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Question: Will you support Gavin's new block size limit hard fork of 8MB by January 1, 2016 then doubling every 2 years?
1.  yes
2.  no

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Author Topic: Gold collapsing. Bitcoin UP.  (Read 1806363 times)
sickpig
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October 25, 2014, 02:08:45 PM
 #14561

About pegging.

To have pegging, there must be an authority that guarantees the peg to the main coin.


An authority? Made of people?

Bitcoin is a participatory system which ought to respect the right of self determinism of all of its users - Gregory Maxwell.
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October 25, 2014, 02:31:19 PM
 #14562

This is a soft fork change, which means any single miner can choose to adopt it and remain compatible with the existing infrastructure.  Other miners won't add the new transactions since they are "nonstandard", but they will validate blocks containing them.

Can someone explain how this works. I didn't follow it in the paper and I don't have time to read it more carefully right now.

If a new opcode is added for coin return how will existing nodes validate that transactions unlocking coins using an opcode they don't understand are valid?

I think yes, this opcode is NO_OPERATION. But if this transaction is invalid then majority (who perform a real check) will refuse his block.
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October 25, 2014, 02:35:06 PM
 #14563

Can someone ask kindly Jeff to stop stalking NXT and Mr Maxwell his sidechains coding and both have a look at this:

http://t.co/eWNQq2h1Cx

??


WTF ? ? ? ?

Is Jeff still listing on twitter and elsewhere all what he thinks are nxt weaknesses? I thought he was done with it.

Having said that all the links contained in the above post show how a bad implementation can ruin also the best crypto idea. More to the point I don't think gmaxwell has to check all wallet implementations around the globe.

If you're interested in this kind of narrative look at this s djb presentation:

http://cr.yp.to/talks/2014.10.18/slides-djb-20141018-a4.pdf

Bitcoin is a participatory system which ought to respect the right of self determinism of all of its users - Gregory Maxwell.
cbeast
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October 25, 2014, 03:53:37 PM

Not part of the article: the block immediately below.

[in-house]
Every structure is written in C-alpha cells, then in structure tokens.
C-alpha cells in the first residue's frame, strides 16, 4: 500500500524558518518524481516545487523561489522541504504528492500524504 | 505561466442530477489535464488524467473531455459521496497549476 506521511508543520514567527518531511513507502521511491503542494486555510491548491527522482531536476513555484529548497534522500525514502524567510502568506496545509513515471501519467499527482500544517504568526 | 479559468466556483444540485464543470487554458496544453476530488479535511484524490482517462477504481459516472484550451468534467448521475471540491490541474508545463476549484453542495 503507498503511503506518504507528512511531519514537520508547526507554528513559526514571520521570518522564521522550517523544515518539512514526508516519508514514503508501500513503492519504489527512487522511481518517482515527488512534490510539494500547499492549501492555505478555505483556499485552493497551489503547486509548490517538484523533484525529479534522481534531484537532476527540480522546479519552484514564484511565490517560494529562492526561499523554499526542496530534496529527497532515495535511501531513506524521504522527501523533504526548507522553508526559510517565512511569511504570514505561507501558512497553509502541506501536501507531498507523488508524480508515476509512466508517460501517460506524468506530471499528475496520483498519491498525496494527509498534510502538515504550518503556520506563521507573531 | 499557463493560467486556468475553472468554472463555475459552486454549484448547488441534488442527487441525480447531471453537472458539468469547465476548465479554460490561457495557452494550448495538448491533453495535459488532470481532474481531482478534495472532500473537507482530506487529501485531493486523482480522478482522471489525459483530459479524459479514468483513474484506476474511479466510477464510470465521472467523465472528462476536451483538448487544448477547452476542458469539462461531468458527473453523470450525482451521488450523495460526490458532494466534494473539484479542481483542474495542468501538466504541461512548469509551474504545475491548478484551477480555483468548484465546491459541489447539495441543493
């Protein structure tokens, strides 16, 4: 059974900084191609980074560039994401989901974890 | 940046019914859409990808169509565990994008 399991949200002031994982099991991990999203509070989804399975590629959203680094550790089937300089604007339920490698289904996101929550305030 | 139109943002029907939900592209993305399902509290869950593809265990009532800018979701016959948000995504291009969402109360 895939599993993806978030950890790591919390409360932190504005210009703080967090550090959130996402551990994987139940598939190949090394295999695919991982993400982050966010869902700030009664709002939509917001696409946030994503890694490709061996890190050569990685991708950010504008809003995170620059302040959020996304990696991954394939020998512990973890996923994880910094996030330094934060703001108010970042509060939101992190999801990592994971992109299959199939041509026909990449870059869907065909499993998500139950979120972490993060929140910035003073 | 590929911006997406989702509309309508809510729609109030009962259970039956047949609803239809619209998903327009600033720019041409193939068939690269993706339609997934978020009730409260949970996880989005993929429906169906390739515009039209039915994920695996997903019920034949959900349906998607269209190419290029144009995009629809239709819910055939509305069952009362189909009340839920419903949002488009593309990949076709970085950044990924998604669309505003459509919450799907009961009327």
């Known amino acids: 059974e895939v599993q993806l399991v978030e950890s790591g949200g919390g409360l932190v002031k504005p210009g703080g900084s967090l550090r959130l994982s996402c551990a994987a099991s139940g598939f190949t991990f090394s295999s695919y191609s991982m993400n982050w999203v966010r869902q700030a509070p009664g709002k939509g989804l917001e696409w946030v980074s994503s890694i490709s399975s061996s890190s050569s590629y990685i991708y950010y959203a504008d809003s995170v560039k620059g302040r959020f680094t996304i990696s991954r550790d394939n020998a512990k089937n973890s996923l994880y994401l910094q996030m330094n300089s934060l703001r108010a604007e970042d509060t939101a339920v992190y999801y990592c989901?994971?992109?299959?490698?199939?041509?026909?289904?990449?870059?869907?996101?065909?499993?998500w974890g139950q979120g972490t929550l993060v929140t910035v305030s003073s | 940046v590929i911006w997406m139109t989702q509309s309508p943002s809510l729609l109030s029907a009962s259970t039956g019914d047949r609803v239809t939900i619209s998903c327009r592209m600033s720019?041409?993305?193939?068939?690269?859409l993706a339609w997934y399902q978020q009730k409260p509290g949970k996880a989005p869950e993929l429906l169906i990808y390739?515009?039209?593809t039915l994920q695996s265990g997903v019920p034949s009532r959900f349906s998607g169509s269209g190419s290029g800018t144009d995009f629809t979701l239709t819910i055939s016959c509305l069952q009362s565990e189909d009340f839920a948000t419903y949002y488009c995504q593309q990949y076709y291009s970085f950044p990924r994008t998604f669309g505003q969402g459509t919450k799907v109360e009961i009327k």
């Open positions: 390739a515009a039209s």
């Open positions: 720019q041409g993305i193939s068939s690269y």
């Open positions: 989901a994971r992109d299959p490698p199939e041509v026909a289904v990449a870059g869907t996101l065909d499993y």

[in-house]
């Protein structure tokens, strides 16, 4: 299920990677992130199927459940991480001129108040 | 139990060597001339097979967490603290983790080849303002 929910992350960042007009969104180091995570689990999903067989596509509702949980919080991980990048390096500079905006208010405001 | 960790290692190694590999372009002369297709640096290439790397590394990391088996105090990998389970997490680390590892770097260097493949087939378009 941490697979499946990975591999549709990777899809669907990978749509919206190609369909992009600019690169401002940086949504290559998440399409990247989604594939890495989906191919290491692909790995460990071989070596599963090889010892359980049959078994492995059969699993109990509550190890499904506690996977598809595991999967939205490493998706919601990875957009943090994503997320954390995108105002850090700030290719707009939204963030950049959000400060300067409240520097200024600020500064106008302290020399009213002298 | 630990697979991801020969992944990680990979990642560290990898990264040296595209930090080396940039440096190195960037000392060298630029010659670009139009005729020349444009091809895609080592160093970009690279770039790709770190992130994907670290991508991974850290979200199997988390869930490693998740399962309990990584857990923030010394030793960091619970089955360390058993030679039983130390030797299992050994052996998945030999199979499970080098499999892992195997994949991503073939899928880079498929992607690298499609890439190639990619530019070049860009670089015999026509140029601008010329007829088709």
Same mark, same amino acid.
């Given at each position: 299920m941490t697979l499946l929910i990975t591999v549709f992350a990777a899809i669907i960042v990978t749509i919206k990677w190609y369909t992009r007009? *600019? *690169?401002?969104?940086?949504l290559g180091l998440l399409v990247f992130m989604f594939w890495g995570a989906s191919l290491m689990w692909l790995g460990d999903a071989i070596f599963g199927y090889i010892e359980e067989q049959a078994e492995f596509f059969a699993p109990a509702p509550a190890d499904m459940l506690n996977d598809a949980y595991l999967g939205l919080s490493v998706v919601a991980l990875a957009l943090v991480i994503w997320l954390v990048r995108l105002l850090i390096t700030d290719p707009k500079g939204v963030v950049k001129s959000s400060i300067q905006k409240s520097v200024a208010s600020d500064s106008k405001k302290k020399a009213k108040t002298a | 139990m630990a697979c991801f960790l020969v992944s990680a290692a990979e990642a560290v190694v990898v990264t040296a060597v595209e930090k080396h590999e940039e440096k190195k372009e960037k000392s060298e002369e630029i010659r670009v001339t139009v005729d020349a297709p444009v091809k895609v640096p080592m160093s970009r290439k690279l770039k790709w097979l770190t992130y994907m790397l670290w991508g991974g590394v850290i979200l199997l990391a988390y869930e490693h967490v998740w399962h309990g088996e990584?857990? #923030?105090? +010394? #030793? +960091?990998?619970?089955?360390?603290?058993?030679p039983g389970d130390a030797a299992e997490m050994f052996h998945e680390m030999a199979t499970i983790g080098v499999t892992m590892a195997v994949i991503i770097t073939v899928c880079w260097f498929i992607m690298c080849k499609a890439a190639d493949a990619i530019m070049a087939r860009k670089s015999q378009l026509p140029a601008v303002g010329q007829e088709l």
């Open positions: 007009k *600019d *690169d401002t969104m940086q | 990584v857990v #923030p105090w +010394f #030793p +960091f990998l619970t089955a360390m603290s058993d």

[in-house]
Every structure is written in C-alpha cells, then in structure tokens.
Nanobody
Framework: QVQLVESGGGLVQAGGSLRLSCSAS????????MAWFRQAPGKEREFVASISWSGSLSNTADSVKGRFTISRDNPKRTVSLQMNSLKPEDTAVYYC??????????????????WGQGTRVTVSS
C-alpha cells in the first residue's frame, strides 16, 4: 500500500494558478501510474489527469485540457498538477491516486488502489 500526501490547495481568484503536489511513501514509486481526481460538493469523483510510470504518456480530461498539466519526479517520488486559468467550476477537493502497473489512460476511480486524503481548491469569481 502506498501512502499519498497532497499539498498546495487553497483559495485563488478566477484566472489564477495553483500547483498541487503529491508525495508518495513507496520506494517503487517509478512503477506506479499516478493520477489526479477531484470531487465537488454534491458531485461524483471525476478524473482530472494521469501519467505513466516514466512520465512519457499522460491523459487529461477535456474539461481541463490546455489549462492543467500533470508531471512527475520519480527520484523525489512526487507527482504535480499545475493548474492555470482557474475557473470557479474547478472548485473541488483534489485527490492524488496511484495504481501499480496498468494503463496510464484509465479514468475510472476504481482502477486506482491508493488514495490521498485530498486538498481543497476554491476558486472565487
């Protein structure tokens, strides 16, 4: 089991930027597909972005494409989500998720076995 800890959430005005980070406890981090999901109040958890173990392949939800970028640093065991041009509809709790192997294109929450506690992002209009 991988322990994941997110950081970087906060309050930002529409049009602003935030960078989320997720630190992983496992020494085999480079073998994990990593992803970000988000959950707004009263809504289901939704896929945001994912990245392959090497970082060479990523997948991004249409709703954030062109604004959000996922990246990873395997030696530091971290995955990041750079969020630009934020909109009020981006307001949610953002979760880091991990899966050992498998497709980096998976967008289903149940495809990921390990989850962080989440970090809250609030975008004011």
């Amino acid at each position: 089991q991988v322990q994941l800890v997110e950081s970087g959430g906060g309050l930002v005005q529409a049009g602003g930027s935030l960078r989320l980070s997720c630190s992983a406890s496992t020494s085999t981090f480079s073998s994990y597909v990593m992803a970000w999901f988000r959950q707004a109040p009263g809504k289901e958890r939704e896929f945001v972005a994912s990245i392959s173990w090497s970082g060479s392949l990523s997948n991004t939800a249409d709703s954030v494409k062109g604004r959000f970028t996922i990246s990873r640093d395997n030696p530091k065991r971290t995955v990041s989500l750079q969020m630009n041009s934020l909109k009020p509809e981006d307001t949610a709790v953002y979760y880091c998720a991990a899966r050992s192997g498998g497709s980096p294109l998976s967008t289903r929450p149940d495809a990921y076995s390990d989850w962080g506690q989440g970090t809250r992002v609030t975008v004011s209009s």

#14564

Can someone ask kindly Jeff to stop stalking NXT and Mr Maxwell his sidechains coding and both have a look at this:

http://t.co/eWNQq2h1Cx

??


WTF ? ? ? ?

Is Jeff still listing on twitter and elsewhere all what he thinks are nxt weaknesses? I thought he was done with it.

Having said that all the links contained in the above post show how a bad implementation can ruin also the best crypto idea. More to the point I don't think gmaxwell has to check all wallet implementations around the globe.

If you're interested in this kind of narrative look at this s djb presentation:

http://cr.yp.to/talks/2014.10.18/slides-djb-20141018-a4.pdf

Devs don't need to watch a sales pitch. Just show the code. Ok, next.

Any significantly advanced cryptocurrency is indistinguishable from Ponzi Tulips.
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October 25, 2014, 04:10:12 PM
 #14565

I'm beginning to doubt Maxwell (nullc) has a grasp on the economics of money as a ledger, and he seemed like the best of the sidechain team on the economic aspects. This seems like a basic error:

http://www.reddit.com/r/Bitcoin/comments/2k7xwj/aantonop_sidechains_could_unleash_even_more/cliw3mi

What if sidechains, or a large part of their motivation, comes from not understanding the idea of spin-offs? Peter R has in places proposed spin-offs as a way to bootstrap an altcoin launch, but the relevance here is they serve many or perhaps even all the functions of sidechains, but without need to mess with Bitcoin.

I get a general sense from the sidechain crew that they don't understand Bitcoin as ledger, that the ledger is what matters, and that the protocol is secondary. To them, as coders, it must seem like the ledger and protocol are inextricably linked, but if you take Money as Memory seriously, the ledger is something outside the protocol and is merely updated by it. Understanding spin-offs requires fully internalizing this insight, and that is what I see no evidence of from the sidechain team.